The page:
Last night I woke up again from my dreaded (recurring) nightmare.
In it, I’m breaking up with my ex, again. It’s always the same person, and this nightmare has followed me as I go through different life stages… first as a boyfriend, then breaking off an engagement, then a marriage. And last night I dreamt I was ending a marriage where we have a baby.
I wake up in a panic attack, relieved it’s just a dream. I squeeze Kyle a little tighter and hope that the ex is doing ok.
As a single girl, I always feared becoming a “Sex and the City” character – 40 years old with a great career, but no husband and kids.
I’m fully supportive of that life, but it’s not for me. I always wanted to get married and start a family.
So in my 20’s I was a serial monogamist—I couldn’t waste a minute being single if I wanted to reach my goal. I dated amazing guys who were ready to commit but… something just didn’t seem to click. I couldn’t fully be myself. Sometimes that meant I was sad, often it meant I was bored. It wasn’t them—it was me. I allowed myself to be someone I wasn’t to try to make things work.
At 28, after too many break-ups, I decided to ban myself from dating — also known as “I’m taking a year off to date God”. I needed time to figure out what was wrong with me. It took space to realize I was picking “perfect on paper” guys because they would never hurt me–which I felt gave me the upper hand. I had time to reflect on what I really wanted in a partner. I wrote a list of all the qualities I desired and realised the kind of partner I wanted to marry was not what I had been going for. I wanted someone radically adventurous and that loved discussing new ideas. I wanted someone outgoing, that could make me belly-ache laugh and thought I was funny. I wanted someone that I would enjoy their stories and would find my family as entertaining as I do. But more than anything, I wanted someone that I would (without a doubt) give everything up for; my home, career, country, and status quo.
That 12 months absoutely changed me. I learnt to live wholly without another person, to be truly by myself, and be comfortable with that.
I learnt to trust that no matter how old I got, there was a love out there for me. I decided it was ok if I had to wait 10 years for the right person, instead of wasting my heart (and theirs!) on the wrong match.
Then a week after my year off finished, I met a guy. His name was Kyle and he was very different to the guys I usually dated. He was young, creative, spontaneous, passionate, and a dreamer. Usually I dated older engineers, doctors, lawyers ready to buy engagement rings… Instead I risked my heart for a 23 year old passionate about social justice who wasn’t ready for marriage.
And I was never bored again.
In Kyle I met my best friend. Someone that loved adventure as much as I did, that would sneak wine on the ferry for our dates, and loved planning crazy unconventional trips as much as me. Someone that understood very strange and specific things I was passionate about; poverty alleviation, digital marketing, and video narratives. I still remember how exciting (and sexy!) it was to be able to debate with someone over what channels were best for donor retention! With him I could be all parts of myself but still be challenged to grow. Within a month, to think of a world without Kyle seemed so dull. I knew I could be completely happy alone, but I just couldn’t imagine wanting to be without him.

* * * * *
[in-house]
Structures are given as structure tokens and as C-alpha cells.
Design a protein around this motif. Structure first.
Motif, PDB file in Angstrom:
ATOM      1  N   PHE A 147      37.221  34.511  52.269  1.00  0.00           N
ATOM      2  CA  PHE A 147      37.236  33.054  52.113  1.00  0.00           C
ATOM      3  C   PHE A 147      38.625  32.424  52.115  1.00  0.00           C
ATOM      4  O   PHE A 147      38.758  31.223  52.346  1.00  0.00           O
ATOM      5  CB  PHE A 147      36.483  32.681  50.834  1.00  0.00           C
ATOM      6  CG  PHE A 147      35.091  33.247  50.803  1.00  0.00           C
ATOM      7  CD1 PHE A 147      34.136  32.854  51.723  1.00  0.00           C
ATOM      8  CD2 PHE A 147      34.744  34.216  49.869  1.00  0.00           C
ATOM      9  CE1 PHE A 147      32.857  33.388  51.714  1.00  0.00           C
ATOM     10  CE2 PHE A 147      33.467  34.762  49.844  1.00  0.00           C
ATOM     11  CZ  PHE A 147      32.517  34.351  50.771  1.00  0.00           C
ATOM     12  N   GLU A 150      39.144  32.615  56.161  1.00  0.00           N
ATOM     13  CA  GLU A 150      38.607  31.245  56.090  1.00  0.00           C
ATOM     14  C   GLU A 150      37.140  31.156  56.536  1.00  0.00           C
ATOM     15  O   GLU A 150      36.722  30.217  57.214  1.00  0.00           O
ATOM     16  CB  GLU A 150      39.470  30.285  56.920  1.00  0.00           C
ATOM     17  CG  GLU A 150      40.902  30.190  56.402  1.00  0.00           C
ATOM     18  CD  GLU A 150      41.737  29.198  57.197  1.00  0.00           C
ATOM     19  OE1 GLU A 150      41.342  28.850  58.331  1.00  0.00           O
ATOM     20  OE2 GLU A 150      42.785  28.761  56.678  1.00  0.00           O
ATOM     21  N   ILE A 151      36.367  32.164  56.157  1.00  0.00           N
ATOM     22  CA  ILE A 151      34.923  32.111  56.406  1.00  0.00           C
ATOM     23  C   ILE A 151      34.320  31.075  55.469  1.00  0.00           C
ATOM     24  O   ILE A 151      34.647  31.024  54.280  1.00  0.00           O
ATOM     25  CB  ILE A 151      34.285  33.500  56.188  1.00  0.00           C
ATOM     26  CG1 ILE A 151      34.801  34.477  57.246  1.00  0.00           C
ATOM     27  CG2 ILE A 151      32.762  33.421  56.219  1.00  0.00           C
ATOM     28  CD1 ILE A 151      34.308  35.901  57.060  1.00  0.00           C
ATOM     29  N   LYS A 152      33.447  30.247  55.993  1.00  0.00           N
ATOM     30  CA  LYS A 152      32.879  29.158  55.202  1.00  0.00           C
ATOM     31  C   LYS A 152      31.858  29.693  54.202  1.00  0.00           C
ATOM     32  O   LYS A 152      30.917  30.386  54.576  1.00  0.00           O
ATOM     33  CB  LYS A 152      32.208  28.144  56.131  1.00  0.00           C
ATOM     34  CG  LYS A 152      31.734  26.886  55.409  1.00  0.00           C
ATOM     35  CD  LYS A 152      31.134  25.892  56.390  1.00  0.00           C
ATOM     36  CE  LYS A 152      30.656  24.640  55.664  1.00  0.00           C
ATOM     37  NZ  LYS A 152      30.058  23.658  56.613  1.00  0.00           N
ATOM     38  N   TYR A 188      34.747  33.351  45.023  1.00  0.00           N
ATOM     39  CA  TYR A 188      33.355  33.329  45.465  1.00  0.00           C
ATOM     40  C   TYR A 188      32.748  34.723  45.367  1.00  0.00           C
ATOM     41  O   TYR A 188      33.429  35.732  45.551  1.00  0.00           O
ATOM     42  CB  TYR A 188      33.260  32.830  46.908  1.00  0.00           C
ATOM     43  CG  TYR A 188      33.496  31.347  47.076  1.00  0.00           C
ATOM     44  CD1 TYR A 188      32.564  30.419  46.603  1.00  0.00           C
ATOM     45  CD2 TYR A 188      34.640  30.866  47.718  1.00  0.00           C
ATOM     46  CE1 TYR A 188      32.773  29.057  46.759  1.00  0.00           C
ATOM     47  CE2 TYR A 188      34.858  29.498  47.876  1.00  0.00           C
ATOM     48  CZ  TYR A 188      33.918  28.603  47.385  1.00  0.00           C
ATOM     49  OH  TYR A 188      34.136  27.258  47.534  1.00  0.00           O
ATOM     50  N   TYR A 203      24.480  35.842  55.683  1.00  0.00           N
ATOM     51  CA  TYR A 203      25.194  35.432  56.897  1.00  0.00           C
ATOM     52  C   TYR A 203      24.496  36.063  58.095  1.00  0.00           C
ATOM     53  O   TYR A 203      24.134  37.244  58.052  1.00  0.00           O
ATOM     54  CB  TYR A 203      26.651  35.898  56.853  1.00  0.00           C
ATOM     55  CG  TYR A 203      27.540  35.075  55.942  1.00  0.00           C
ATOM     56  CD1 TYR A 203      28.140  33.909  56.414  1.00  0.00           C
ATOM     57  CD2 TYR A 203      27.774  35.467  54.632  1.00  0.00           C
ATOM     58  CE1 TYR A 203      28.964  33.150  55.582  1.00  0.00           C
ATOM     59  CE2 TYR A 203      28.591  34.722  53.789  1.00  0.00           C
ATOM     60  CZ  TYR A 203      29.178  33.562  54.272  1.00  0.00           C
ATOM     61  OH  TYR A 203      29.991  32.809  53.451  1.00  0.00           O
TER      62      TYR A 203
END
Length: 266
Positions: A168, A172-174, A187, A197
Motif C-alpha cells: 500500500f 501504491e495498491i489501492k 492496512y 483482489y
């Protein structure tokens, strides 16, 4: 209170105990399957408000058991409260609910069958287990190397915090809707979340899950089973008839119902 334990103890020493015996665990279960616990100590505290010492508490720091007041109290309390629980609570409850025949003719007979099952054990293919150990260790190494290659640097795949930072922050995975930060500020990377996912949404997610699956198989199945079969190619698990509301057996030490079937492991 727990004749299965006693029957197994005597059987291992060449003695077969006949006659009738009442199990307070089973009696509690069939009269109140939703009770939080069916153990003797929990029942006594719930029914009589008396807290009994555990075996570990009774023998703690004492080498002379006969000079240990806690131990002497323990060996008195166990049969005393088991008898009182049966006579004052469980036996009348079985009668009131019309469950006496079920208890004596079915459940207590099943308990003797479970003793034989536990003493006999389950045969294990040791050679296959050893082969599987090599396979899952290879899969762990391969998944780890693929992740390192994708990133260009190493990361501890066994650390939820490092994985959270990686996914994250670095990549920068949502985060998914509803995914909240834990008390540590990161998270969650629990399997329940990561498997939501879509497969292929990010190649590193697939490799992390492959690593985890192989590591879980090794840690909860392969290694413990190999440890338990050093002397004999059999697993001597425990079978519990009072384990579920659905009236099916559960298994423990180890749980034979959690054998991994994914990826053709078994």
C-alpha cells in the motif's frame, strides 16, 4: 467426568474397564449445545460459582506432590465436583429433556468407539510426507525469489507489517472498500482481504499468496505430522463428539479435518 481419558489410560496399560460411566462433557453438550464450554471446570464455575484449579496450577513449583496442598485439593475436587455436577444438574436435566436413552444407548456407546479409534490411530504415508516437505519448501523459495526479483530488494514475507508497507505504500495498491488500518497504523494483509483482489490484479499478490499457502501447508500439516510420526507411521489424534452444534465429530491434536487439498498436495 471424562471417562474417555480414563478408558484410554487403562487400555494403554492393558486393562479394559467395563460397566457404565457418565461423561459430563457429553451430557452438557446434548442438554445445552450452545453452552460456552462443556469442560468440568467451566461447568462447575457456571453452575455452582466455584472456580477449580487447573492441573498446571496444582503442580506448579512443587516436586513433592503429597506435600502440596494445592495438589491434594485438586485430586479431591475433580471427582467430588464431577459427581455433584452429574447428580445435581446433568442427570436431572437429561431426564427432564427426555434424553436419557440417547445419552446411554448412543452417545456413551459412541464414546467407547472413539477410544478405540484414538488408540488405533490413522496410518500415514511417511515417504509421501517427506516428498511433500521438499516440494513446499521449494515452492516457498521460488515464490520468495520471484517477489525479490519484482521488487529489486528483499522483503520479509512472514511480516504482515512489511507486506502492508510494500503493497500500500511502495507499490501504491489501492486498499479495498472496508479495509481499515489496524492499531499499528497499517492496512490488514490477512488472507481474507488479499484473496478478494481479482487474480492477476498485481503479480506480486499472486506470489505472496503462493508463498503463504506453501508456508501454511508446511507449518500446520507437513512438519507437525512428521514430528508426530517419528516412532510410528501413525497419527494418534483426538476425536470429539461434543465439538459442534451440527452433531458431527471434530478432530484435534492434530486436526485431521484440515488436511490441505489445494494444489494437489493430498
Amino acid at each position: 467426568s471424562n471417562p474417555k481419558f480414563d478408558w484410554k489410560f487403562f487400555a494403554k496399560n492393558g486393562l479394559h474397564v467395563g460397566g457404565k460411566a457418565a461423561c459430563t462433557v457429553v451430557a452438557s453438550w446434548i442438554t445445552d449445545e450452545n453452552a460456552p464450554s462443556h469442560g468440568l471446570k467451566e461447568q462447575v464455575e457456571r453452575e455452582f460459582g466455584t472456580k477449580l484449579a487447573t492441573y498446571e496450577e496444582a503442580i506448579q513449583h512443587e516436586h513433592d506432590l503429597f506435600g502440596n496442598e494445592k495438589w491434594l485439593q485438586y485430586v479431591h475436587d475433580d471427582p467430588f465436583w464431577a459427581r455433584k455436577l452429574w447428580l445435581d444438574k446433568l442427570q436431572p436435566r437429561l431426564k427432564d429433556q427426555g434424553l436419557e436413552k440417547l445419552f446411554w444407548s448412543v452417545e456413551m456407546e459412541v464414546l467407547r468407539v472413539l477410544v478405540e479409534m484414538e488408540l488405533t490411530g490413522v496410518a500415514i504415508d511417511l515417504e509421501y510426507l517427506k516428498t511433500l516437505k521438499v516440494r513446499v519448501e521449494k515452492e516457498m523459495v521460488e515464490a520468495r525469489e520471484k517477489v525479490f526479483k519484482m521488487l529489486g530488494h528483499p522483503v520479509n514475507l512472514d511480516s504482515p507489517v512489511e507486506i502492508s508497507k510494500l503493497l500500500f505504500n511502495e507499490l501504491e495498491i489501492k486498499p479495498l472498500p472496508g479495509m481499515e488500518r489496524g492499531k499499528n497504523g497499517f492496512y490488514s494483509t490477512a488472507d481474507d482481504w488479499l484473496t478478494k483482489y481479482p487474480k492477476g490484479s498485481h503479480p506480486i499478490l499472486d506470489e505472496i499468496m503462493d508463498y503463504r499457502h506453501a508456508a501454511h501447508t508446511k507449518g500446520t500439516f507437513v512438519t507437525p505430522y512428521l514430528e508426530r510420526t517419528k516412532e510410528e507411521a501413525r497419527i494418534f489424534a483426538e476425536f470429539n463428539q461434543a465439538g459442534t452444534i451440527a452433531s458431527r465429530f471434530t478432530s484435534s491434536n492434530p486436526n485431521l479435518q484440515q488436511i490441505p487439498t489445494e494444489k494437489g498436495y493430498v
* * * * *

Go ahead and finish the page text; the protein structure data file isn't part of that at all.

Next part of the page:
Now it’s six years later. Sometimes it’s feel like everything in our life has completely changed—except our love. We’ve moved around the world, switched jobs, and created a child. We’ve continuously chosen unconventional paths like starting a values-driven business, a year of resolutions, and travelling maternity leave. Our wedding vows included a promise to “lend you strength for your dreams” and we’ve tried so very hard to do just that.
I don’t feel I deserve a love like this. It’s an amazing love. He is the one I would give everything up for.
My sister (who just joined us here in Mexico!!) described us as having a “Big Love”.
And the more I think of my past, it makes sense to me why most marriages end in divorce. I think sometimes people get married for reasons other than “I can’t imagine a life without this person”. That could have been me… Getting married because of fear. Fear of becoming Carrie Bradshaw. Fear of getting too old to have children. Fear of being alone. Fear of not finding anyone better. Fear of leaving.
I could have easily married the wrong person if I let fear be my boss–my recurring nightmare is a reminder of that. Instead I trusted a small voice in my heart that said there’s a bigger plan for me that I just can’t see.
If you are in a relationship and something doesn’t feel right…know that it’s ok to step back and take a breath. Ask yourself the big questions. Do you know why you are in this relationship? Are you the person you want to be? (Hint: Work on yourself before pointing the finger at your partner.)
It may be comforting to have someone to cuddle but nothing is better than cuddling with no doubt.
If you are single, enjoy this time! I highly recommend making your list and make sure all the qualities you’re looking for are internal – about your future partners head and heart. Lists with wealth, abs, specific jobs, hair – those things change and don’t bring joy in the long term.
There is nothing I desire more than hearing other people’s thoughts on this topic! Have you found your big love?